Letters to the Editor – March 2018

March 1st, 2018
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PO Box 36626, Menlo Park 0102 

Docex 82, Pretoria  

E-mail: derebus@derebus.org.za 

Fax: (012) 362 0969

Letters are not published under noms de plume. However, letters
from practising attorneys who make their identities and
addresses known to the editor may be considered for publication anonymously.

 

Value of a minority judgment

On 29 December 2017, judgment was handed down by the Constitutional Court (CC) in the matter of Economic Freedom Fighters and Others v Speaker of the National Assembly and Another (CC) (unreported case no CCT76/17, 29-12-2017) in which the majority of the court held, inter alia, that the National Assembly failed in following its constitutional obligations to hold former President Jacob Zuma to account for having violated his oath of office and to uphold the Constitution following the remedial action recommended by the Public Protector in respect of the upgrades to his Nkandla homestead.

Noteworthy in this matter were two dissenting judgments handed down by Chief Justice Mogoeng Mogoeng and Deputy Chief Justice Raymond Zondo. This very fact resulted in a rather vocal criticism by the political leadership of the Economic Freedom Fighters of the conduct of the Chief Justice for having publicly insisted that his dissenting judgment be read.

I submit that criticism of this is inappropriate and misplaced particularly in the light of the judgment handed down by Judge Johan Froneman who concurred with the finding of the majority. It is instructive for me to quote verbatim from this judgment from paras 280 and 281 thereof:

‘[280] It is part of constitutional adjudication that, as in this matter, there may be reasonable disagreement among judges as to the proper interpretation and application of the Constitution [this is true of adjudication in other spheres as well. Compare Phakane v S (CC) (unreported case no CCT61/16, 5-12-2017) at para 61]. The respective merits of opposing viewpoints should be assessed on the basis of substantive reasons advanced for them. There is nothing wrong in that substantive debate being robust, but to attach a label to the opposing view does nothing to further the debate.

[281] For the reasons lucidly set out in the second judgment [being the majority judgment of Judge Chris Jafta], I do not agree with the reasoning of the Chief Justice and the Deputy Chief Justice in their respective judgments. I do not, however, consider the different outcome that they reach to be the product of anything other than a serious attempt to grapple with the important constitutional issue at hand. The fact that I do not agree with their reasoning or the outcome that they propose does not mean that I consider them to have abdicated their responsibility to ensure that the National Assembly acts in accordance with the Constitution.’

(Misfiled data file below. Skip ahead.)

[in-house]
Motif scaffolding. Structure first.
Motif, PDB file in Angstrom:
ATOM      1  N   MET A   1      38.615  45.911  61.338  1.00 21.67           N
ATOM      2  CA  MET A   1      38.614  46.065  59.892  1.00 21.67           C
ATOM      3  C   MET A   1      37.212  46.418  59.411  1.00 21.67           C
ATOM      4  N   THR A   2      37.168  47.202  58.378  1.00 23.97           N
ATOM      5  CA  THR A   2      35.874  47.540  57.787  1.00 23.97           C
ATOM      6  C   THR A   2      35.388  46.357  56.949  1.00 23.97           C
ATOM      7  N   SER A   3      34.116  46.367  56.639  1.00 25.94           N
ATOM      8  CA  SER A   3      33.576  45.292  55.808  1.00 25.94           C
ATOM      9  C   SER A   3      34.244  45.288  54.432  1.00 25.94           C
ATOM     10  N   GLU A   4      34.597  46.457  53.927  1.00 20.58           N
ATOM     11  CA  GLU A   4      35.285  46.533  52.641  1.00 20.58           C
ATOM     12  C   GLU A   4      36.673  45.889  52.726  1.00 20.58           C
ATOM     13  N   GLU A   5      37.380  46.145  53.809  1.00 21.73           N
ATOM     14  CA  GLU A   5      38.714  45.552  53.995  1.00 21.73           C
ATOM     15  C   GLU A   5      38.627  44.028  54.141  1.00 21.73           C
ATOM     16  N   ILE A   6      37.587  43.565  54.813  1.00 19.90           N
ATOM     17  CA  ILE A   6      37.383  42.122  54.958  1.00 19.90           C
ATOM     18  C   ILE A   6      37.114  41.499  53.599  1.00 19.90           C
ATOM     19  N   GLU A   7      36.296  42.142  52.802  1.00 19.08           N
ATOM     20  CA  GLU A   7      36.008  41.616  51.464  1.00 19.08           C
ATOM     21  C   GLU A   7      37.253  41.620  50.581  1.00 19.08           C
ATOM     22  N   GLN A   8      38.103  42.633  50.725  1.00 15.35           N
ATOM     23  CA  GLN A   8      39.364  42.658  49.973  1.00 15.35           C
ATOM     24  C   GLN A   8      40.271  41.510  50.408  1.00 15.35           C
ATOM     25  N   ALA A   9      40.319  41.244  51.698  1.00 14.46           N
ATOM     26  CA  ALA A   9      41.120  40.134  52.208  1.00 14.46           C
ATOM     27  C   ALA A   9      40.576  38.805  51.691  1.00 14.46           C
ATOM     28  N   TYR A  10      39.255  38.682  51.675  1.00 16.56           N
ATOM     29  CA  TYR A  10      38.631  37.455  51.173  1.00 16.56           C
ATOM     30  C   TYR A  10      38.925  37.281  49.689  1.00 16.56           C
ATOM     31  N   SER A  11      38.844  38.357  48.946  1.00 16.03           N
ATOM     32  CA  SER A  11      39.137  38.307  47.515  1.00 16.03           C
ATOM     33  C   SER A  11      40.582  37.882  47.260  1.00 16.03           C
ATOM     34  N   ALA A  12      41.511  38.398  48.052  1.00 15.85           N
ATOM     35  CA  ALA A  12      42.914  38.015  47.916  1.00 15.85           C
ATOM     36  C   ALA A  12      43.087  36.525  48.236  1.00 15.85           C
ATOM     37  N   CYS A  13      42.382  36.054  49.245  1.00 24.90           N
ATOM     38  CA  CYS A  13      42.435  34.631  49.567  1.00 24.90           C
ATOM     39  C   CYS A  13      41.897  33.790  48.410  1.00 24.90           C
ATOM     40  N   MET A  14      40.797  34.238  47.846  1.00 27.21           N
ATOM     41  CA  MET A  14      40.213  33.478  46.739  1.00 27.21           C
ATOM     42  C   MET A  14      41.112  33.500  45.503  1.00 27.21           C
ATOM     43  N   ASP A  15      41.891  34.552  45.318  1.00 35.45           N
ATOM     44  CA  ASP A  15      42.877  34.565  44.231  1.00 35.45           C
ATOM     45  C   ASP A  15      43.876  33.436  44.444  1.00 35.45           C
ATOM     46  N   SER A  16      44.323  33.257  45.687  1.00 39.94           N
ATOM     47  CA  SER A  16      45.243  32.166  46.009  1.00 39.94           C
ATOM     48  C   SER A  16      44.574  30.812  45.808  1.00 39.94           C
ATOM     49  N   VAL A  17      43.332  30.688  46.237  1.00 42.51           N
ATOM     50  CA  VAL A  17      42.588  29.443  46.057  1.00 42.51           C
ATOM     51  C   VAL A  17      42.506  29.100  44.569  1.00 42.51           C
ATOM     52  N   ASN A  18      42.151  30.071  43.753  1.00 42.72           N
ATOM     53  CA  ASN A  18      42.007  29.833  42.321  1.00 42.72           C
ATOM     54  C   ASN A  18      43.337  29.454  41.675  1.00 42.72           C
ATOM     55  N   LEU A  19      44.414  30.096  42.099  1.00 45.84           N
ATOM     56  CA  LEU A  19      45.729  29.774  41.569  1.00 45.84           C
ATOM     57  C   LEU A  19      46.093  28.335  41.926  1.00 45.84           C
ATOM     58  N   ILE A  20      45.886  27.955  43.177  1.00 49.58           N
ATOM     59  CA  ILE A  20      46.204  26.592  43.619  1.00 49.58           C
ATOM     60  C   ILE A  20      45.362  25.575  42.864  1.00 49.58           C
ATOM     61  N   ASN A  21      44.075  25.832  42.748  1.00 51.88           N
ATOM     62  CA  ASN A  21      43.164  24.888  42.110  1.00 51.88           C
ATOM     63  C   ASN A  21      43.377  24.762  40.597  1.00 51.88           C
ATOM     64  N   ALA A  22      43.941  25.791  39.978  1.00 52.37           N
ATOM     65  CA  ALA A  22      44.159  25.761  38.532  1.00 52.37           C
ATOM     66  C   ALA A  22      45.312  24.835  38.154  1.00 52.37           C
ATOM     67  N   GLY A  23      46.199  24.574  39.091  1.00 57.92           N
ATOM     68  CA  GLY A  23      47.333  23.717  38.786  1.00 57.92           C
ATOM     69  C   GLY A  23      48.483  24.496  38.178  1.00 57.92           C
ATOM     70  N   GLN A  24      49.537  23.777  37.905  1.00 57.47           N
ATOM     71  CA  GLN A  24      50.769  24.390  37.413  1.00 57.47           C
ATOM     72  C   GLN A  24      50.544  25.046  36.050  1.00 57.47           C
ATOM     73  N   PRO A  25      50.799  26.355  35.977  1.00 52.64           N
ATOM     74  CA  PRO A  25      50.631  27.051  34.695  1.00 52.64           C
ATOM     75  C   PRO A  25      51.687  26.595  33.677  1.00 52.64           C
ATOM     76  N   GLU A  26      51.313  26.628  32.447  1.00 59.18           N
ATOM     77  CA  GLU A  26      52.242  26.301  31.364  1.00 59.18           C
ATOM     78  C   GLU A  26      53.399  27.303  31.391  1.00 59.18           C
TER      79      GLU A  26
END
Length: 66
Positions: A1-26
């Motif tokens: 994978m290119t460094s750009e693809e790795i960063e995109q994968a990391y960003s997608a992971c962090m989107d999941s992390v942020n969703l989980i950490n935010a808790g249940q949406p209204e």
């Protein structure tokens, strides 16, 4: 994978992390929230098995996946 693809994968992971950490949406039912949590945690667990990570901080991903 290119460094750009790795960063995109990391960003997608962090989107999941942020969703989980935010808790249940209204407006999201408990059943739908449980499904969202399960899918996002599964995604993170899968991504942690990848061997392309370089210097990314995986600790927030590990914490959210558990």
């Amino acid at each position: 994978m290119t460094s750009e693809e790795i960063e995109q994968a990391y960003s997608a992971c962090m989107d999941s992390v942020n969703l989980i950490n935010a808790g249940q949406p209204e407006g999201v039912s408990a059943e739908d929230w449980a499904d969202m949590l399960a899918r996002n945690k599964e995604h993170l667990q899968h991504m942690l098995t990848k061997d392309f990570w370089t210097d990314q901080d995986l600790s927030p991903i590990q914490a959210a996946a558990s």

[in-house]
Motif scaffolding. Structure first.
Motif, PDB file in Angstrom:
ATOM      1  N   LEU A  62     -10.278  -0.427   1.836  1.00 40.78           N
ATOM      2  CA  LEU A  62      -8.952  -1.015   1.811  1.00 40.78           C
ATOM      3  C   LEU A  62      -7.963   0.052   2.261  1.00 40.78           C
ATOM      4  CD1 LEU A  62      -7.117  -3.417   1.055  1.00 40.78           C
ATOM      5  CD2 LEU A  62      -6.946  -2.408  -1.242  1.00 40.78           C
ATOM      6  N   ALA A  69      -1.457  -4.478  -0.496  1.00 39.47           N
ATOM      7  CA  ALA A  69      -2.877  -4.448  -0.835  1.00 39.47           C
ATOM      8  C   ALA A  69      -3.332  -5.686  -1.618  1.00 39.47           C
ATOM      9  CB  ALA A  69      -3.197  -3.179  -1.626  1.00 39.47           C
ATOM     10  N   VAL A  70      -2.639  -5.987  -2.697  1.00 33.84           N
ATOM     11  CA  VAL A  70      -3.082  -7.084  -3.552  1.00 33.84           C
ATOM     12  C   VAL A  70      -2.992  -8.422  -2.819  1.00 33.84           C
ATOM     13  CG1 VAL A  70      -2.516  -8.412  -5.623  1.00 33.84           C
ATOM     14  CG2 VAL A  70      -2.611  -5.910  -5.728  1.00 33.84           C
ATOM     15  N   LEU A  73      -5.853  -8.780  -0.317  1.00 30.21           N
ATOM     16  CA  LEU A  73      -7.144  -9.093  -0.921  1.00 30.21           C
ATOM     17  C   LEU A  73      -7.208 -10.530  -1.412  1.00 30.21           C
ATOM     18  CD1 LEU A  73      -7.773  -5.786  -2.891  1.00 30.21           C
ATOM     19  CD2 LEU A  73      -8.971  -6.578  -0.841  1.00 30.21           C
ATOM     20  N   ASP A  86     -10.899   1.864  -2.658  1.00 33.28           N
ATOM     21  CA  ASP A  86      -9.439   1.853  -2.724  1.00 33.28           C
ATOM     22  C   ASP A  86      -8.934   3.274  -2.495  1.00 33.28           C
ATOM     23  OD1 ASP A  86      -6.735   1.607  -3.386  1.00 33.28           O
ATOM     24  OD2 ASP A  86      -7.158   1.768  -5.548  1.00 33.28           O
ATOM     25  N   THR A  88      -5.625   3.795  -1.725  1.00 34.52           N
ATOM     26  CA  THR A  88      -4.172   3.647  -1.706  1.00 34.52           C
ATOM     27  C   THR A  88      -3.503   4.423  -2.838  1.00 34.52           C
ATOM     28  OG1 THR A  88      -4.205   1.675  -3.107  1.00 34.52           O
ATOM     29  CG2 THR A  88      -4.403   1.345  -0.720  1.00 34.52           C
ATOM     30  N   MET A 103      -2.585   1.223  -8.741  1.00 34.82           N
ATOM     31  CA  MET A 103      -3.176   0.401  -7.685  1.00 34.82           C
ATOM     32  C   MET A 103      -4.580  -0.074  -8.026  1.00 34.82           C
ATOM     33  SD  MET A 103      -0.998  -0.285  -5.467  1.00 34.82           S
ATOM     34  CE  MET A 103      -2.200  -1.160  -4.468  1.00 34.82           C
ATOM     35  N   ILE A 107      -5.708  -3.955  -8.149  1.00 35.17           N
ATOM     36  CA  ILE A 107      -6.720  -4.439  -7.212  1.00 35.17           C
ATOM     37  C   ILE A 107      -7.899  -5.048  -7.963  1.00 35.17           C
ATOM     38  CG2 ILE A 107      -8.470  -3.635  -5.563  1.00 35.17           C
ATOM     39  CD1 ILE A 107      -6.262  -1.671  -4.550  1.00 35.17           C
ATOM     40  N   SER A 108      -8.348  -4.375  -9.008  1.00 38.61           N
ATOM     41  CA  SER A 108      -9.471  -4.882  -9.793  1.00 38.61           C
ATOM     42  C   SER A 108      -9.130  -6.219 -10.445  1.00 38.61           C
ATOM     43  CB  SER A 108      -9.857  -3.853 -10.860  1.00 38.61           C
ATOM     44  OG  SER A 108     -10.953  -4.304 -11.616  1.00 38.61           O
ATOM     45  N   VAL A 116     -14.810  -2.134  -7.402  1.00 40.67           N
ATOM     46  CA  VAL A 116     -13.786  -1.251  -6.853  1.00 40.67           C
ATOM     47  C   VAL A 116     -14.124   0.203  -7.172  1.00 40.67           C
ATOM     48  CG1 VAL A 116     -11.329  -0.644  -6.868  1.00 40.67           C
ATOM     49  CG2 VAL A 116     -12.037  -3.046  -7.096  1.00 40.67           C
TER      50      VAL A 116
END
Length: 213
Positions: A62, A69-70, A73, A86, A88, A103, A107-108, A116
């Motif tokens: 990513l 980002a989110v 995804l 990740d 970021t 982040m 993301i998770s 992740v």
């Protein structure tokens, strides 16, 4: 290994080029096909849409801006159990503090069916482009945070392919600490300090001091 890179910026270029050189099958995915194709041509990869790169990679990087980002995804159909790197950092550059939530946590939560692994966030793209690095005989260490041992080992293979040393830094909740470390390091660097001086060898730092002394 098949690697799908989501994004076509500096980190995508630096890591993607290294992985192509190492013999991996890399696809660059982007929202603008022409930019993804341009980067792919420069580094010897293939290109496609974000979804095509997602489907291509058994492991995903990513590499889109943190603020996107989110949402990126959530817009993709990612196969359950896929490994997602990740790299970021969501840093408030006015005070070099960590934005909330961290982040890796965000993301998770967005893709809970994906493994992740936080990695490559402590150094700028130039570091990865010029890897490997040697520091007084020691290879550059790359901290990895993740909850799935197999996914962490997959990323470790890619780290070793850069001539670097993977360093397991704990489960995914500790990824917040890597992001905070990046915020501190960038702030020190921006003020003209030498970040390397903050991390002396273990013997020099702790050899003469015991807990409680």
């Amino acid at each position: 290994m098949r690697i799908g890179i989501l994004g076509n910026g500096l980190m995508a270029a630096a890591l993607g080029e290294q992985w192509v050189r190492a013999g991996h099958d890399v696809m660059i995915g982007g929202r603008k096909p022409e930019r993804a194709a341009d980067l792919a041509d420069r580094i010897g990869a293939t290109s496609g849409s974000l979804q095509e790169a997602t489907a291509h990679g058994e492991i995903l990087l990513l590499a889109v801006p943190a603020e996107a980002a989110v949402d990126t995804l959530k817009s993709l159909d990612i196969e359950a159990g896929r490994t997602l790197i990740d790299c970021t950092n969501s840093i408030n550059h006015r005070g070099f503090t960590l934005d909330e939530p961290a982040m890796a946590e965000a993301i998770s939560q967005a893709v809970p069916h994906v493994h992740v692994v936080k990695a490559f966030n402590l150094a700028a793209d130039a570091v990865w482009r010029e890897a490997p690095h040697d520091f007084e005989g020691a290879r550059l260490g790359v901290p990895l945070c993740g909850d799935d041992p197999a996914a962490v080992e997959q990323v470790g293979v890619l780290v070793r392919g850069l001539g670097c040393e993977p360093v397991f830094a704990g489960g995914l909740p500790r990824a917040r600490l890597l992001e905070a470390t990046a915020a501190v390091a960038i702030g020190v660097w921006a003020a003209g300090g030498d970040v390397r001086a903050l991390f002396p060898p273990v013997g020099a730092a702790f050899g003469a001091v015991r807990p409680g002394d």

It would do us well to bear in mind that the hallmark of an independent judiciary discharging their obligation without fear, favour or prejudice is the ability of different agile minds reaching a different conclusion and outcome on being presented with the same facts in the case before them.

Leslie Kobrin, attorney, Johannesburg

 

Erratum

The headline in the article by Dr Fareed Moosa ‘Remuneration of benefits from a will: Who is a “spouse”’ (2018 (Jan/Feb) DR 28) was published incorrectly, and should read: ‘Renunciation of benefits from a will: Who is a “spouse”’. De Rebus would like to apologise for the mistake and for any inconvenience caused in the matter.

 

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De Rebus welcomes letters of 500 words or less. Letters that are
considered by the Editorial Committee deal with topical and relevant issues that have a direct impact on the profession and on the public.

Send your letter to: derebus@derebus.org.za

This article was first published in De Rebus in 2018 (March) DR 4.

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